BWI growth trend nears lead

Airport: BWI's passenger load will exceed its D.C. rivals this year, if industry and economic factors develop the right way for the airport.

January 21, 2001|By Paul Adams | Paul Adams,SUN STAFF

If current trends continue, Baltimore-Washington International Airport will handle more than 20 million passengers this year and emerge as the busiest of the region's three major commercial airports.

That means there will be more cars and more parking headaches. There will be more planes and more destinations. There will be more curb-side traffic snarls and, if history is any guide, more delays. There also will be more construction, as the airport begins work on new parking facilities, concourses and road improvements included in a $1.3 billion expansion plan.

And perhaps most importantly, there will be more people. Make that a tsunami of people."[Washington Dulles International] has moved into a declining growth rate and we are growing at 10 to 16 percent," said David L. Blackshear, executive director of the Maryland Aviation Administration. "When you look at that and project it out, the prediction is that by July, we'll probably pass Dulles in total passengers."

That's assuming the economy holds up, passenger growth continues and the pending merger of United Airlines and US Airways doesn't deal the airport a devastating blow.

Maryland transportation officials are most concerned about the latter. United has already confirmed that it will eliminate service to eight cities after the merger, accounting for about 30 flights per day at BWI. Beyond those cuts, United and US Airways officials won't comment on what might happen after the merger, assuming the Justice Department gives its approval.

But Blackshear is convinced that the cuts will go beyond that, possibly resulting in the total elimination of US Airways' MetroJet service and leaving Southwest Airlines, the dominant carrier at BWI, with a virtual monopoly in the market for budget-conscious leisure travelers. Those concerns prompted the state to register its opposition to the merger with federal regulators.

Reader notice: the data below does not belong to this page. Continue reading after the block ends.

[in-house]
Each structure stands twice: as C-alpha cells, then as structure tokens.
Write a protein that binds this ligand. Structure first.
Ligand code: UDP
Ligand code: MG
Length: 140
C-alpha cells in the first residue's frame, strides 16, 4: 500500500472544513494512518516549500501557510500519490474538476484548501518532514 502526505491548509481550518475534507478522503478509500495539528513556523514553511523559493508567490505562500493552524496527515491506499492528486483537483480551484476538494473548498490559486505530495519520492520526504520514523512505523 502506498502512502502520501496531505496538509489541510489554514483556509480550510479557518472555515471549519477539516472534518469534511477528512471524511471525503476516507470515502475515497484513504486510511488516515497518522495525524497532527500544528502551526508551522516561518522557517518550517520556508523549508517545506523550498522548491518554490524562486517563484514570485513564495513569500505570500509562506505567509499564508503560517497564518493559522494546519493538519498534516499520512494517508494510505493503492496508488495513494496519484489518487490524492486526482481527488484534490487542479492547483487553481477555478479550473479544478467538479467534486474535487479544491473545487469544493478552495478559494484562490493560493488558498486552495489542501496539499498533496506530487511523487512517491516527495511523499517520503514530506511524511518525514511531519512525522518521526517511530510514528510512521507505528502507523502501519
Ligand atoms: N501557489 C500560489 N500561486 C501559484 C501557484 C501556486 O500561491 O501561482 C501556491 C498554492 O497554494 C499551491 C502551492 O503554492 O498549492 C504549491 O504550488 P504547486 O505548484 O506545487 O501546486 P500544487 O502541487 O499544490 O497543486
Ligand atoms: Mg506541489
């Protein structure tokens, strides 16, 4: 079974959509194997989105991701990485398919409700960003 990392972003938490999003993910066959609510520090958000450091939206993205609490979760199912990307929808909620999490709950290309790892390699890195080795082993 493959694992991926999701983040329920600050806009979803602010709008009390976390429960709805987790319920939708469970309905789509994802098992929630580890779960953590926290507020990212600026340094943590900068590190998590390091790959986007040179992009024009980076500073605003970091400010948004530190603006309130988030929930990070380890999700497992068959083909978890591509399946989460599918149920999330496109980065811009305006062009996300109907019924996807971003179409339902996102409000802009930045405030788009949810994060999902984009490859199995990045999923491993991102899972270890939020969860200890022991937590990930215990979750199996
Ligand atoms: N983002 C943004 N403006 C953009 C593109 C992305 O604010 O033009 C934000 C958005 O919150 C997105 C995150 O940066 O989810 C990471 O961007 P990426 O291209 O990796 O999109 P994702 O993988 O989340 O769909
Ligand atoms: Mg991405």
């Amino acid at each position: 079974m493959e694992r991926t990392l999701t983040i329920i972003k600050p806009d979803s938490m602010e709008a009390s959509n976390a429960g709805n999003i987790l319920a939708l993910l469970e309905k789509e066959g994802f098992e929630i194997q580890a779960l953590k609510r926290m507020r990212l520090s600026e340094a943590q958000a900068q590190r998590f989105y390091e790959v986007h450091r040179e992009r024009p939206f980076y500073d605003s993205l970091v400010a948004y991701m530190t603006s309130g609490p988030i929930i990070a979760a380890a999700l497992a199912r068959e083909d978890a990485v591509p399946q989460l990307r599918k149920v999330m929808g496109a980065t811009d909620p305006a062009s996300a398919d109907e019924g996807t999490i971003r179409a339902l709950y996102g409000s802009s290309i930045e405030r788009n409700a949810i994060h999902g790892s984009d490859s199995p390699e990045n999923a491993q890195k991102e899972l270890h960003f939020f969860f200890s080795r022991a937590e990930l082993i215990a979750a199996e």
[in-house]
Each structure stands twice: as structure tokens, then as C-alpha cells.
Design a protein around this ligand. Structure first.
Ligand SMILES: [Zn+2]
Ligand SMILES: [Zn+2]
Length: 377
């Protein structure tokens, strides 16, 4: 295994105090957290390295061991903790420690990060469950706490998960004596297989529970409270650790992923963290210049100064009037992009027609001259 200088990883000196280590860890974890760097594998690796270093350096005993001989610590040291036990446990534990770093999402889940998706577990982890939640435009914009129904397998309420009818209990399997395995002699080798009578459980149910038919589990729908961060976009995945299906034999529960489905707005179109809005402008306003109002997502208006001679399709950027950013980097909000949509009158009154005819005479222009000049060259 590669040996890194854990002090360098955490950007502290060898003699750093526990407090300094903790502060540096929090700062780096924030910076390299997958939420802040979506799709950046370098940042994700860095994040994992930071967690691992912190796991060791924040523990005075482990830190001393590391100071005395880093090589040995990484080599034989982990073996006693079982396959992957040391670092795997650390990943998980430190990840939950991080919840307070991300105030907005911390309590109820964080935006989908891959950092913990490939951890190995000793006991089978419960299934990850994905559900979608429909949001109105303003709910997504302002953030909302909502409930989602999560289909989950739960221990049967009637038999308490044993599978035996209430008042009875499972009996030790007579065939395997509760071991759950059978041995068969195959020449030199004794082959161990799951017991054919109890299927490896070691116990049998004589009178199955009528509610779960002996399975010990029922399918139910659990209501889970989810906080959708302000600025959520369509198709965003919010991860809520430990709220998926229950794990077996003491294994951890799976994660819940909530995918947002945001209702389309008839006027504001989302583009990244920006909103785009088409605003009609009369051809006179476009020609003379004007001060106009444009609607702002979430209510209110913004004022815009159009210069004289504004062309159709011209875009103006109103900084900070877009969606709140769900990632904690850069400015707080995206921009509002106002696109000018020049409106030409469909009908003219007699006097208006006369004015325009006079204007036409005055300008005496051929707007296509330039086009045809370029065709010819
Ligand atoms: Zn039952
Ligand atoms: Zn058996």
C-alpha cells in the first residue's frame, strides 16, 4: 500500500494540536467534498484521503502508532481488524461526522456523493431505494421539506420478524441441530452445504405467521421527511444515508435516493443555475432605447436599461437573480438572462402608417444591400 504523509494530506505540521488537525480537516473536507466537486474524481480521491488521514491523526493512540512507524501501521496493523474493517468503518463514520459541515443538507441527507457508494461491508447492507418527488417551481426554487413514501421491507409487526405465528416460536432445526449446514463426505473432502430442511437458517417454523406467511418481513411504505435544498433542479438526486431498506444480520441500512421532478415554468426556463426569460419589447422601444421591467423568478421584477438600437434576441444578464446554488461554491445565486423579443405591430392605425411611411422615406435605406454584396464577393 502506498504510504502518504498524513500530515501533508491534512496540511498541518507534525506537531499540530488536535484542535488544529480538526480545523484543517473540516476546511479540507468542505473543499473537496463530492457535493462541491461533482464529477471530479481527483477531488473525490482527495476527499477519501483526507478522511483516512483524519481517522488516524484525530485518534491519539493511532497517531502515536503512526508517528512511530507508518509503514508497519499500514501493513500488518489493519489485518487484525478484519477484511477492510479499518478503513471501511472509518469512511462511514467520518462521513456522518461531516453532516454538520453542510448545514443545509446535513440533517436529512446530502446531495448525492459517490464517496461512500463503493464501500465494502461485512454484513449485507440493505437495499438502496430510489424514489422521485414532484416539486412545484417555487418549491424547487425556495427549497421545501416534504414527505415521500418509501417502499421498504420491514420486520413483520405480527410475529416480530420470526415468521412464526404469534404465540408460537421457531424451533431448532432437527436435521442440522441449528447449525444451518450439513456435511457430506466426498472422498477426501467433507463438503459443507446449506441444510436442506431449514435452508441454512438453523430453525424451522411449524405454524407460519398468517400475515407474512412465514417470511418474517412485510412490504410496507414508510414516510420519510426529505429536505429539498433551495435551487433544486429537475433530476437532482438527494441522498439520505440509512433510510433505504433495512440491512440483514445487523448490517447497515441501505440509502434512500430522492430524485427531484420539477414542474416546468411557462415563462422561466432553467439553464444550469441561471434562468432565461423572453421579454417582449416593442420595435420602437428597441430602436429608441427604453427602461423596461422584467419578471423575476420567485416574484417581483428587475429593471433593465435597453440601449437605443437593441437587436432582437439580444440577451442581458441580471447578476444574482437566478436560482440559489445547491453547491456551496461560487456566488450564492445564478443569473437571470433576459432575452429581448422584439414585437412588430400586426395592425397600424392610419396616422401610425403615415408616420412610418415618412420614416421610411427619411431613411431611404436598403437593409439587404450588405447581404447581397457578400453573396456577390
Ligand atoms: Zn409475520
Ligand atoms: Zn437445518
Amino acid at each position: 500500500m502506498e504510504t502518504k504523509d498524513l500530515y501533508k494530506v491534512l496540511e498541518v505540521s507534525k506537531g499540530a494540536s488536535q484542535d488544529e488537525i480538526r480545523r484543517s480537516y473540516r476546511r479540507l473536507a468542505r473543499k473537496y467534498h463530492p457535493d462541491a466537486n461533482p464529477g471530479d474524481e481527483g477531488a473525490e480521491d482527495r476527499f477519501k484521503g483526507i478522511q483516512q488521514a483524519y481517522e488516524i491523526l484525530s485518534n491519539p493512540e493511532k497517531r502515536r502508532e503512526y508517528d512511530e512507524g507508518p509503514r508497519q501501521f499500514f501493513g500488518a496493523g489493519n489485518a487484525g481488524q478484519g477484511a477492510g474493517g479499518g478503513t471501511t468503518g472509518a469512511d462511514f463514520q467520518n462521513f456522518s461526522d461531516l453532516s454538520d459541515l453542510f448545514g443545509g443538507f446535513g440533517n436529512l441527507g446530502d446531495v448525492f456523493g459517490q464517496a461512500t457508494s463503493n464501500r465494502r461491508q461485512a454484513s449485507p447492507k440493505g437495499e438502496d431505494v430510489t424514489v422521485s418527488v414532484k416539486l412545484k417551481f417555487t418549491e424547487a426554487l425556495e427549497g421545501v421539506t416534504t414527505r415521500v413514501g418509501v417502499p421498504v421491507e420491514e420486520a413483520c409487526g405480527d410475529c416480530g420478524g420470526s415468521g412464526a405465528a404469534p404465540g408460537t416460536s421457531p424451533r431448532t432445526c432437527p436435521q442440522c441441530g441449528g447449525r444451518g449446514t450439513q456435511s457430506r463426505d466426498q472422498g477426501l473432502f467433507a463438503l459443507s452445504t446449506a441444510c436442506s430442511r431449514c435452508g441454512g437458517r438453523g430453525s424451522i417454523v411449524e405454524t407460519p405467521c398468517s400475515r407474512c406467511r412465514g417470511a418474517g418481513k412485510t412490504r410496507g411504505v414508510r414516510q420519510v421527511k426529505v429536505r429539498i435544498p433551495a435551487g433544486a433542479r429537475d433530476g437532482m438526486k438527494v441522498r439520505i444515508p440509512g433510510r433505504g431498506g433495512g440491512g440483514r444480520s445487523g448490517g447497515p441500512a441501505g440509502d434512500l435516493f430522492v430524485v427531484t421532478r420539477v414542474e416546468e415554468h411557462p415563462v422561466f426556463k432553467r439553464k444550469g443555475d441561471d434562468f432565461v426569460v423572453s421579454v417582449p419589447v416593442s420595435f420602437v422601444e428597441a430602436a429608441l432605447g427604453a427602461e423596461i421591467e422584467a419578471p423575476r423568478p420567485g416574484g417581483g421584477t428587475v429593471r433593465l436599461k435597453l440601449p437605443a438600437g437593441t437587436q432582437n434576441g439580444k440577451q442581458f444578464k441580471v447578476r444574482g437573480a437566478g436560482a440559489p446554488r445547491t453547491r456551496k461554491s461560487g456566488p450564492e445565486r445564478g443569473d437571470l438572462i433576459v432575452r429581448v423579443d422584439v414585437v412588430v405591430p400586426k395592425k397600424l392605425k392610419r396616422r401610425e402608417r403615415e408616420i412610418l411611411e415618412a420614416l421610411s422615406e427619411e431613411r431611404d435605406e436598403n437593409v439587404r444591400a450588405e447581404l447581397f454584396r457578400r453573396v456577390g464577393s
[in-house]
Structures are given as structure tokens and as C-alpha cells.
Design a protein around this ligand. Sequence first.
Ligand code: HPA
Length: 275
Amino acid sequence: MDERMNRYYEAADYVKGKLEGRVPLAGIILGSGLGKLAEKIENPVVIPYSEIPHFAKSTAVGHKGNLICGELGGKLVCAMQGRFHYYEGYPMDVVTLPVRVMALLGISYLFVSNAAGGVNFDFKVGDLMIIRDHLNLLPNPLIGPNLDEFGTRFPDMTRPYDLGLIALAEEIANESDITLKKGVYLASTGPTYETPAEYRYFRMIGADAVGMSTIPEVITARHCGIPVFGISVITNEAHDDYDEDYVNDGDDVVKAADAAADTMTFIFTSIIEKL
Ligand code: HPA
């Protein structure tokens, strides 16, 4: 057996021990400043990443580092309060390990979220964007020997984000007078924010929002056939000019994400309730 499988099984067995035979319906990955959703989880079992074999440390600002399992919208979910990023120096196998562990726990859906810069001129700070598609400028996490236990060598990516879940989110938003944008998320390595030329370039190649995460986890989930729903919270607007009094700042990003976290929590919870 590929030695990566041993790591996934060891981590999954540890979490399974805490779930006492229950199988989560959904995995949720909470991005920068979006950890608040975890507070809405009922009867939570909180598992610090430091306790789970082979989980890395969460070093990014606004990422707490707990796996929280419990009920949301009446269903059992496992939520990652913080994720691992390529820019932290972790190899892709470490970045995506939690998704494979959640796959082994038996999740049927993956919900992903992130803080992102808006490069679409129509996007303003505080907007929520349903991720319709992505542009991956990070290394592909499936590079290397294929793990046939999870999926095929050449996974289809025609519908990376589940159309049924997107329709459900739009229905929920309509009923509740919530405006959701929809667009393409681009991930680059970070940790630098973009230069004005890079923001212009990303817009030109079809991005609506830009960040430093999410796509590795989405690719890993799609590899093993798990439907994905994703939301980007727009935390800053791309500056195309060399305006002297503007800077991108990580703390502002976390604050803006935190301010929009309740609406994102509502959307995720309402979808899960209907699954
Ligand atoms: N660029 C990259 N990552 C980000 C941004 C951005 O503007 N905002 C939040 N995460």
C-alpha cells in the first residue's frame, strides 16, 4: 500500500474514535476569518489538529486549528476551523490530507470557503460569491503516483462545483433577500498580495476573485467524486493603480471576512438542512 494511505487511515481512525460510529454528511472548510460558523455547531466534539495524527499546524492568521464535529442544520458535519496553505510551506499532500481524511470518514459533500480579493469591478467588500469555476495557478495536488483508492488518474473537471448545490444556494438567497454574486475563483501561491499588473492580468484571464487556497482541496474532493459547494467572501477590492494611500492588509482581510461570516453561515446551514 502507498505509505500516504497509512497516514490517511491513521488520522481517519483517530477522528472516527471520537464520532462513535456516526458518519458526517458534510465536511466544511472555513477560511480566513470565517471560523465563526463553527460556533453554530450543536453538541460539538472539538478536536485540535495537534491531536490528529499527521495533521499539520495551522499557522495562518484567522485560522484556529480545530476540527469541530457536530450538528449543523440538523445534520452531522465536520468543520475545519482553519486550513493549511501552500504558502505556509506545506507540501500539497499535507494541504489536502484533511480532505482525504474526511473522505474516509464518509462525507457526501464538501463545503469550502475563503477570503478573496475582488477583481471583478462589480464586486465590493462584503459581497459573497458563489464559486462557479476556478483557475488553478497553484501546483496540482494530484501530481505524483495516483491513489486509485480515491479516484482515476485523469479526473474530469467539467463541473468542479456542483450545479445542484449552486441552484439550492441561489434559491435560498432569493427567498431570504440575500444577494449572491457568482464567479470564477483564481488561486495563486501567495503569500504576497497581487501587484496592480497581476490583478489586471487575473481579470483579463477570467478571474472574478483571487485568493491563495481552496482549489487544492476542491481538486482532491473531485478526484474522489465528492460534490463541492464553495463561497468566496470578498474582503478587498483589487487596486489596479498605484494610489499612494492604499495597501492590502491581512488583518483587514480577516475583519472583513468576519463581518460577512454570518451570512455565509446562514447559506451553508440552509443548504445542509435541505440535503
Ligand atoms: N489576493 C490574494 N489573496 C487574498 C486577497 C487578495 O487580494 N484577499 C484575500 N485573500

"We would lose pretty much the better part of three-quarters of a million passengers overnight," Blackshear said.

BWI is unique among the region's airports in that it has two major carriers in close competition for travelers. MetroJet was US Airways' answer to Southwest, but analysts say the budget carrier has never been a big contributor to the bottom line. Transportation officials worry that if it is scaled back, Southwest will take advantage of its increasingly dominant status to raise fares in markets where it lacks competition.

Southwest officials bristle at the suggestion, saying the budget airline sets fares irrespective of what competitors are doing. Raising fares in a monopoly market would conflict with the airline's strategy of keeping fares low in an effort to entice more people to fly.

"That's not a practice we subscribe to," said Southwest spokeswoman Christine Turneabe Connelly.

Still, state officials argue that a loss of competition could reduce passenger choice by year-end and threaten BWI's reputation as a low-fare hub. State officials vow to fight the proposed merger in its current form.

"The merger has the potential of moving BWI from the most competitive airport in the region - which keeps fares competitive for all of the airports in the region - to the least competitive airport in the region," said state Transportation Secretary John D. Porcari.

But for now, BWI continues to thrive in Maryland's ballooning economy. Though year-end numbers are not yet available, BWI has posted double-digit passenger growth every month for more than two years, making 2000 a year of records.

The first one fell in May, when BWI handled 1.75 million passengers, the largest single-month total in the airport's 50-year history. That record was broken again in June, July and August, when more than 1.85 million passengers used BWI.

The bulk of the growth has come from Southwest, which has a staggering market capitalization of more than $16 billion and enough cash on hand to continue its fleet expansion this year. The additional planes should allow the airline to continue adding new routes in the Northeast. In October, the most recent month statistics were available at BWI, Southwest recorded 35 percent growth in passengers compared with October 1999.

The growth curve shows no sign of flattening. The Dallas-based airline has made BWI the focal point of its plans to expand east of the Mississippi River. In the past year, it has added service to Albany and Buffalo, N.Y.; West Palm Beach, Fla.; Little Rock, Ark.; and Raleigh-Durham, N.C. It also has added links between BWI and various Midwest and western destinations, including Salt Lake City, Albuquerque, N.M., and Indianapolis. New flights are already planned for next year, including Columbus, Ohio, and other cities.

"The future [at BWI] can best be described by looking at its recent past," said Richard Sweet, senior director of marketing for Southwest. "Basically, everything we've added in the Northeast and even the Midwest, we've connected in Baltimore."

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